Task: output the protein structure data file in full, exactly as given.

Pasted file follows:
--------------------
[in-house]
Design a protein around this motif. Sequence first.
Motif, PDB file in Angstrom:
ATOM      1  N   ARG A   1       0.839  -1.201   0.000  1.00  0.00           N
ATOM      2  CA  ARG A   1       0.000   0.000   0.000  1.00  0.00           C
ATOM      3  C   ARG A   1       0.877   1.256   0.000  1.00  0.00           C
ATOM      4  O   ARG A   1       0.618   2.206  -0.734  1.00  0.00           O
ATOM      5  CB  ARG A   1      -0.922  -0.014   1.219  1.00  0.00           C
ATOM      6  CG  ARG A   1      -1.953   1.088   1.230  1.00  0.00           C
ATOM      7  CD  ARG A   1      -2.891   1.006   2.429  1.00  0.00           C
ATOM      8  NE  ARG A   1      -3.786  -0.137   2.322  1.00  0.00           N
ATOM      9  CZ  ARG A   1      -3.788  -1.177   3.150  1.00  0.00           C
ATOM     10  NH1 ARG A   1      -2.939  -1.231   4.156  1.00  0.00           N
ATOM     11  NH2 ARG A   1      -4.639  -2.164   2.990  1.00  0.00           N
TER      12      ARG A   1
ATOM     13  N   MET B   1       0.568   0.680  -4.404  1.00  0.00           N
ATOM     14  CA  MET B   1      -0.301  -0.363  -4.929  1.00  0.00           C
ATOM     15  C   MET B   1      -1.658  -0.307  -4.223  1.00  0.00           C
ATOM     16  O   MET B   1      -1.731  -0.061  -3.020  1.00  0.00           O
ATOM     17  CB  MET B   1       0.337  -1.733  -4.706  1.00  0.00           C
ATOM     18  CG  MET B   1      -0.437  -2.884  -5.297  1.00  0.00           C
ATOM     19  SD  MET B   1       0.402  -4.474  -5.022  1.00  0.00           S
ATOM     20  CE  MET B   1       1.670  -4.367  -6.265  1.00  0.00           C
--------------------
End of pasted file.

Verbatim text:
[in-house]
Design a protein around this motif. Sequence first.
Motif, PDB file in Angstrom:
ATOM      1  N   ARG A   1       0.839  -1.201   0.000  1.00  0.00           N
ATOM      2  CA  ARG A   1       0.000   0.000   0.000  1.00  0.00           C
ATOM      3  C   ARG A   1       0.877   1.256   0.000  1.00  0.00           C
ATOM      4  O   ARG A   1       0.618   2.206  -0.734  1.00  0.00           O
ATOM      5  CB  ARG A   1      -0.922  -0.014   1.219  1.00  0.00           C
ATOM      6  CG  ARG A   1      -1.953   1.088   1.230  1.00  0.00           C
ATOM      7  CD  ARG A   1      -2.891   1.006   2.429  1.00  0.00           C
ATOM      8  NE  ARG A   1      -3.786  -0.137   2.322  1.00  0.00           N
ATOM      9  CZ  ARG A   1      -3.788  -1.177   3.150  1.00  0.00           C
ATOM     10  NH1 ARG A   1      -2.939  -1.231   4.156  1.00  0.00           N
ATOM     11  NH2 ARG A   1      -4.639  -2.164   2.990  1.00  0.00           N
TER      12      ARG A   1
ATOM     13  N   MET B   1       0.568   0.680  -4.404  1.00  0.00           N
ATOM     14  CA  MET B   1      -0.301  -0.363  -4.929  1.00  0.00           C
ATOM     15  C   MET B   1      -1.658  -0.307  -4.223  1.00  0.00           C
ATOM     16  O   MET B   1      -1.731  -0.061  -3.020  1.00  0.00           O
ATOM     17  CB  MET B   1       0.337  -1.733  -4.706  1.00  0.00           C
ATOM     18  CG  MET B   1      -0.437  -2.884  -5.297  1.00  0.00           C
ATOM     19  SD  MET B   1       0.402  -4.474  -5.022  1.00  0.00           S
ATOM     20  CE  MET B   1       1.670  -4.367  -6.265  1.00  0.00           C